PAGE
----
Zerhouni Announces Revised Ethics Rules for Agency Employees
NIH Director Elias Zerhouni on Thursday announced final ethics regulations for agency employees that are designed to reduce conflicts of interest, Dow Jones/Wall Street Journal reports (Corbett Dooren, Dow Jones/Wall Street Journal, 8/26). NIH will soften some of the rules initially proposed in February but will impose a ban on outside consulting for pharmaceutical companies, according to the Washington Post (Connolly, Washington Post, 8/26). The original draft rules stated that NIH employees would not be permitted to enter outside consulting agreements with pharmaceutical companies, hospitals, health insurers and health care providers.
The rules also would have mandated that about 6,000 top NIH employees could not hold stock in pharmaceutical or biotechnology companies, and current stockholders in the group would have had to sell their shares. Moves by two researchers to delay acceptance of or depart from positions at NIH because of concerns over the rules prompted Zerhouni in April to consider revisions. According to Zerhouni, the provision to require NIH employees to sell stock could have limited the ability of the agency to recruit and retain researchers (California Healthline, 6/15).
Under the revised rules, only the top 200 NIH executives will be required to maintain holdings at or below $15,000 in individual pharmaceutical and biotechnology companies (Harris, New York Times, 8/26). Those staff members also will be required to keep investments in health care sector funds at or below $50,000 (Dow Jones/Wall Street Journal, 8/26). Lower-level employees will be asked to tell their supervisors about potential conflicts of interest in their investments but will not be required to file disclosures (Washington Post, 8/26).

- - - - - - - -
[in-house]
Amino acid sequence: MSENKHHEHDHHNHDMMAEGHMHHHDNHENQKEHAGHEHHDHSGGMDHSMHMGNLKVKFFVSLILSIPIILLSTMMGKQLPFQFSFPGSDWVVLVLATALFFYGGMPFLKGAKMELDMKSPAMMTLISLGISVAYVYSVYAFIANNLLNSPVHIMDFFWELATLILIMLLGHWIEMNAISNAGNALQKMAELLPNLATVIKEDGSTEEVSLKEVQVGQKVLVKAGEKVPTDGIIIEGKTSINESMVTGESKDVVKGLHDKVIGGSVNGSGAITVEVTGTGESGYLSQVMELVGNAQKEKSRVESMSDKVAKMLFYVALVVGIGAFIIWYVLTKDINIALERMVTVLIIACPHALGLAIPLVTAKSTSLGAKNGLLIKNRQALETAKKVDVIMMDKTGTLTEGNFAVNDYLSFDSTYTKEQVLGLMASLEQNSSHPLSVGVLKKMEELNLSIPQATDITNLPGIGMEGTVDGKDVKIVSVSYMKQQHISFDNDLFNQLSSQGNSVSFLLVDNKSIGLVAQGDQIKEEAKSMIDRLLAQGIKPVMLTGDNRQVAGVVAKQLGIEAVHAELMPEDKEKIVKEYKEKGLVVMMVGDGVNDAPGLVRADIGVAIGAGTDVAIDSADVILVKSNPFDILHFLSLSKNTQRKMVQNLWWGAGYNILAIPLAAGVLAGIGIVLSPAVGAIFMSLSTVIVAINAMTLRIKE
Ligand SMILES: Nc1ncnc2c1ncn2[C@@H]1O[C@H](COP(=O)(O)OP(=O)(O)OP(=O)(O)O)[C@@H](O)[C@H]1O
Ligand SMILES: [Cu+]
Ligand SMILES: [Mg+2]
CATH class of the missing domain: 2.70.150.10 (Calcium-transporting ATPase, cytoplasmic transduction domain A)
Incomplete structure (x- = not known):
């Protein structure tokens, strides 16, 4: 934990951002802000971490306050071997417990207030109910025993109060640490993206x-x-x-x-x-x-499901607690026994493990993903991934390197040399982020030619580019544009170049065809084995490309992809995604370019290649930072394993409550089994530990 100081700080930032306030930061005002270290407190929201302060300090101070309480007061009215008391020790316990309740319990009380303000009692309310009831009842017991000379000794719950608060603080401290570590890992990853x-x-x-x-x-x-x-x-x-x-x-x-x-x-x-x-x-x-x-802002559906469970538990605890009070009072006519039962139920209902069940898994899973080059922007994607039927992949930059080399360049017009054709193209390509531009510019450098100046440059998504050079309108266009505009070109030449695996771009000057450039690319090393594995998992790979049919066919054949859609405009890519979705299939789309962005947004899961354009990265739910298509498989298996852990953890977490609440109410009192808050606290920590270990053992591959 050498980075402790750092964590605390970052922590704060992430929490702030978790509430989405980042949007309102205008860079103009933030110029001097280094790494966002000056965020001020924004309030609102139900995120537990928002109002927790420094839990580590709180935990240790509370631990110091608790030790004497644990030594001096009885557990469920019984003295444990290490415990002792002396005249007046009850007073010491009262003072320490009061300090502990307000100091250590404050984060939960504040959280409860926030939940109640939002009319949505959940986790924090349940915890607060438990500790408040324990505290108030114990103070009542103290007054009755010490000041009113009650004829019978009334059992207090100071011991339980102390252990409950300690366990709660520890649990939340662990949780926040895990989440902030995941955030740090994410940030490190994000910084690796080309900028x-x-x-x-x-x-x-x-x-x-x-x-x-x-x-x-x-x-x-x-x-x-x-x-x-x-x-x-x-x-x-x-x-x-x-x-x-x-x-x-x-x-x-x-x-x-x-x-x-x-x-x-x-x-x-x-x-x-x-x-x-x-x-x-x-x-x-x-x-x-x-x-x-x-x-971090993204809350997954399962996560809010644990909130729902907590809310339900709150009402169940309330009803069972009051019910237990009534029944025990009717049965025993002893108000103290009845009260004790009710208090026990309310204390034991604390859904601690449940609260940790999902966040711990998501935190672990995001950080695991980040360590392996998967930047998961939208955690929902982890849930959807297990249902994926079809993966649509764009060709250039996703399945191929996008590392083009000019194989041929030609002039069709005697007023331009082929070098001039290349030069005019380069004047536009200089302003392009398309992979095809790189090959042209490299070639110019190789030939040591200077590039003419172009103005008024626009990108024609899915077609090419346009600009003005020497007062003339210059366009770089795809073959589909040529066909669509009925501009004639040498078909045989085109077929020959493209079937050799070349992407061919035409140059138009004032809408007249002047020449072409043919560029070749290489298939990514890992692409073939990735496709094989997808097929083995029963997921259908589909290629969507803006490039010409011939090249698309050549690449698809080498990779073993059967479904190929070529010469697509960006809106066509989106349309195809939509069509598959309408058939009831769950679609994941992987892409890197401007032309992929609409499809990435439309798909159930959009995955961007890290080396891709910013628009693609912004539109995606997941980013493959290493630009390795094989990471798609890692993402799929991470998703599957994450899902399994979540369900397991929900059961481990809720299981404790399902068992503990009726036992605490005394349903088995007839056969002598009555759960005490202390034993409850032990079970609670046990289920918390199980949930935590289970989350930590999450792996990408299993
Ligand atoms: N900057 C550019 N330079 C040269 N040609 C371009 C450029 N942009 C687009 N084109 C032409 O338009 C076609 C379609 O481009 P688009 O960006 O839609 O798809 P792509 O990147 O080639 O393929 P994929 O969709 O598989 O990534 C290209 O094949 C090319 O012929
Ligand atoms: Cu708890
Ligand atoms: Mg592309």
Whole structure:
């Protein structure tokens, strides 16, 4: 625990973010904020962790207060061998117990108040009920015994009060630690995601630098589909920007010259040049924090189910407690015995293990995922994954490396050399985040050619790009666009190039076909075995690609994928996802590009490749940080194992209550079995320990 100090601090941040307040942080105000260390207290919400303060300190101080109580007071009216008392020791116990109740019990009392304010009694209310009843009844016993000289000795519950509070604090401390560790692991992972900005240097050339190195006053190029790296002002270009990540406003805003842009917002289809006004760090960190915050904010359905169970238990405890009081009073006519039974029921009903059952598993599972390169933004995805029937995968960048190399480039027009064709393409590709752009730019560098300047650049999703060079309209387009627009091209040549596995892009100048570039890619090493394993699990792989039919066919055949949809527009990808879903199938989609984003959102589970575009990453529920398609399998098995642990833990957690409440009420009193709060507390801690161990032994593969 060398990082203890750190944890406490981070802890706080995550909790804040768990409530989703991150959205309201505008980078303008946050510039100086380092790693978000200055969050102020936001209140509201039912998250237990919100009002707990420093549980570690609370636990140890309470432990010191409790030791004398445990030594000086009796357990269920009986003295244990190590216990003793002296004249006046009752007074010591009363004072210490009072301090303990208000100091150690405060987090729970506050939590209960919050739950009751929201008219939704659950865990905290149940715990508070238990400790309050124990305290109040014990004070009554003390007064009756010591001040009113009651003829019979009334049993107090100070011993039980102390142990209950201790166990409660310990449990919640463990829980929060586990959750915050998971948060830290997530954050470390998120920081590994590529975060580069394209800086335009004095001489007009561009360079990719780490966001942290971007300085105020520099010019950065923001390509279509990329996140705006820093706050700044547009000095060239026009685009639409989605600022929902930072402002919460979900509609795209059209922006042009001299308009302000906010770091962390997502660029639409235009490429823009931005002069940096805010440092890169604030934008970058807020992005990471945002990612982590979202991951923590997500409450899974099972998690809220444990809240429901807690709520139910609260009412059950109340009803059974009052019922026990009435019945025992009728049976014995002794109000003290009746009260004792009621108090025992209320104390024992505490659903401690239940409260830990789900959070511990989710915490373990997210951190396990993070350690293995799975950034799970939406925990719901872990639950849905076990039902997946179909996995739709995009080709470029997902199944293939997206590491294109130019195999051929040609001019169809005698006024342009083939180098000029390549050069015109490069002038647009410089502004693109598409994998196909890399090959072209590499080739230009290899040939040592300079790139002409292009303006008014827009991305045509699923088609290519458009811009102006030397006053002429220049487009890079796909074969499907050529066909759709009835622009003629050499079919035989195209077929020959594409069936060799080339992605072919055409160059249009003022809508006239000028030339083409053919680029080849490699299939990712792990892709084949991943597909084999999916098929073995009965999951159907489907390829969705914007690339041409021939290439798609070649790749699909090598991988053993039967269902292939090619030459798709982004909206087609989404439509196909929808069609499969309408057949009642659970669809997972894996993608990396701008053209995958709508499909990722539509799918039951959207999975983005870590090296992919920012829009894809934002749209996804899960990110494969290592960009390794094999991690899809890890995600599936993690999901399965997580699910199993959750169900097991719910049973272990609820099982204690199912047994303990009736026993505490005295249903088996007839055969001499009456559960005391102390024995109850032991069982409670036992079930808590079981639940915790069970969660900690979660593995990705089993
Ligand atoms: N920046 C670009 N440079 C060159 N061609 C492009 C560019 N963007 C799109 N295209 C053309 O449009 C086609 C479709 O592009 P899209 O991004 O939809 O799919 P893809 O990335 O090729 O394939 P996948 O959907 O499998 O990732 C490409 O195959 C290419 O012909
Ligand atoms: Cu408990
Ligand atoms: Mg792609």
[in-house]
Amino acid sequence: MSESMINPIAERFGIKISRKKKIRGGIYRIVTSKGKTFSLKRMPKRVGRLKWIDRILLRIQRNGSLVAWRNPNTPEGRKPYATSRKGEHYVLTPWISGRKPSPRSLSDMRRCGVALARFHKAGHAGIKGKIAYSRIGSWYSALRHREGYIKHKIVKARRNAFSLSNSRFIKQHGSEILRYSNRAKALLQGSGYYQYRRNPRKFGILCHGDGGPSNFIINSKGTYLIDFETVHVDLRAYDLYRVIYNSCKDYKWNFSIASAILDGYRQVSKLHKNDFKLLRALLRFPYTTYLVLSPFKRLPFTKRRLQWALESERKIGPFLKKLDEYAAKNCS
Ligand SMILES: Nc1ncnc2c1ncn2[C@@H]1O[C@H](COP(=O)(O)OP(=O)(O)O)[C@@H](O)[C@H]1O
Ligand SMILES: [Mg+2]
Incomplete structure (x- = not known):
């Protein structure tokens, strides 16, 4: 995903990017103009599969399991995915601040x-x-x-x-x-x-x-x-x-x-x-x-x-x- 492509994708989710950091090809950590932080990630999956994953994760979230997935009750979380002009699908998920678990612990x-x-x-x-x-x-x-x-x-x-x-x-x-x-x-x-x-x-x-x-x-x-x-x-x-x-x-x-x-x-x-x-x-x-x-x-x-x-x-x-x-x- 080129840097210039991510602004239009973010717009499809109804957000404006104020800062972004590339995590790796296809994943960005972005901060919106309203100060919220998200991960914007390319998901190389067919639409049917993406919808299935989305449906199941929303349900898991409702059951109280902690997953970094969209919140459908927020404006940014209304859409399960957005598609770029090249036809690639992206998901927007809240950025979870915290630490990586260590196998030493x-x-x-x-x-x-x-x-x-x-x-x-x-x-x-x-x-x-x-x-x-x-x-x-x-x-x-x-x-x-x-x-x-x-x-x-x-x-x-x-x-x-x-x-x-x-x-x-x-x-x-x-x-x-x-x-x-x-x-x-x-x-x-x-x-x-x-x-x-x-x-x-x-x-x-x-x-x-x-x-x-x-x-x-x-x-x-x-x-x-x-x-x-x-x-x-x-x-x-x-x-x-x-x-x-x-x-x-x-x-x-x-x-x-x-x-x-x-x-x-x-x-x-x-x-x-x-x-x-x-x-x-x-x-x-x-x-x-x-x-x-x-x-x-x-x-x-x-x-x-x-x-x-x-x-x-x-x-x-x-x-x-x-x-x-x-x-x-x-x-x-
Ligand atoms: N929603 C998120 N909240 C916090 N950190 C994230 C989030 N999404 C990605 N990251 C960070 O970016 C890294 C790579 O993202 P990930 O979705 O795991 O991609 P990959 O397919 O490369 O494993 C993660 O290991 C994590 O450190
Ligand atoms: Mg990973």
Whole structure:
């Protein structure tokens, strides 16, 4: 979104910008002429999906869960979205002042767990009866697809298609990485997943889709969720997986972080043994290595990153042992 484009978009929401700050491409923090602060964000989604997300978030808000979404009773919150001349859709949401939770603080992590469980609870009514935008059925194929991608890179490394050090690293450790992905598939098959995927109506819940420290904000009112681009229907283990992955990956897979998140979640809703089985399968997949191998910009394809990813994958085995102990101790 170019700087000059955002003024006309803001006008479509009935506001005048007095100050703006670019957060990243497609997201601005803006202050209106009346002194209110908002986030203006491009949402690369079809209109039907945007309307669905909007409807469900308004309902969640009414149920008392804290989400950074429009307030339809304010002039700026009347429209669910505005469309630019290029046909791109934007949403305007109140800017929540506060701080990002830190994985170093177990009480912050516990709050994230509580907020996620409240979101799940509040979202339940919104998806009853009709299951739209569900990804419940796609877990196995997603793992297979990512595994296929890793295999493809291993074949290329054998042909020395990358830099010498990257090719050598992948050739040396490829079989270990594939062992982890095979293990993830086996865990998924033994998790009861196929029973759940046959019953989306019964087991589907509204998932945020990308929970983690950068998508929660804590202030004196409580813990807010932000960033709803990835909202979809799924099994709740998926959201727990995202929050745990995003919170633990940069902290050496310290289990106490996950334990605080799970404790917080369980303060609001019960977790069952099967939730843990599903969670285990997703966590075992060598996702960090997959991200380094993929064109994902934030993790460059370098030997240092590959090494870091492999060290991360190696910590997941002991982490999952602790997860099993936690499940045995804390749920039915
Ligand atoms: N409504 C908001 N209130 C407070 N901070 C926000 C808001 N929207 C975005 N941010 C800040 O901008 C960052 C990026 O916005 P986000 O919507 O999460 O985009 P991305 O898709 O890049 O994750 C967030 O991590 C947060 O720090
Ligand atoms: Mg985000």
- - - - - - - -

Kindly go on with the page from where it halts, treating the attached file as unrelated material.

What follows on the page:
NIH staff will be prohibited from accepting consulting fees from pharmaceutical, biotechnology or medical-device manufacturing companies; health care providers or insurers; and NIH-sponsored research institutions (Dow Jones/Wall Street Journal, 8/26). Zerhouni lifted a rule that would have prohibited NIH scientists from participating in academic and independent science organizations, with the stipulation that such organizations cannot be funded by a pharmaceutical company or other health care entity.
The final rules will take effect on Tuesday. Senior staff members affected by the investment rules will have until Jan. 30 to divest stocks that pose a conflict of interest (Washington Post, 8/26). Zerhouni said he would re-examine the rules in one year to ensure they have not compromised the agency's ability to attract top scientists (New York Times, 8/26).
Zerhouni said, "These rules are the most restrictive of any rules we know about in the world of biomedical research. Many employees asked that we loosen the ban on paid outside consulting. We elected not to. ... I think we should have a total ban" (Willman, Los Angeles Times, 8/26). He added, "Our research should be based on scientific evidence that is not influenced by any other factors" (New York Times, 8/26). According to Zerhouni, "Maintaining the ban is the best way to protect the agency at this juncture. ... Congress should be fully reassured we have addressed the fundamental issue of public trust and the integrity of the science" (Washington Post, 8/26).
Sen. Edward Kennedy (D-Mass.) said, "It is essential for NIH to meet stringent ethical standards, while allowing the exchange of ideas and information that is the lifeblood of scientific theory. The new regulations strike that balance effectively. They guard against improper conflicts of interest, and will allow NIH to continue to attract researchers of the highest caliber" (Freking, AP/Las Vegas Sun, 8/25).
Ezekial Emanuel, chair of the executive committee of the Assembly of Scientists -- a group that filed, then withdrew, a lawsuit against the old rules -- said, "This is a very good step forward, but it doesn't end the issue" (New York Times, 8/26).
Sidney Wolfe, director of Public Citizen's Health Research Group, said the revisions represent a "huge retrenchment" that leaves loopholes for NIH employees to accept industry money (Washington Post, 8/26).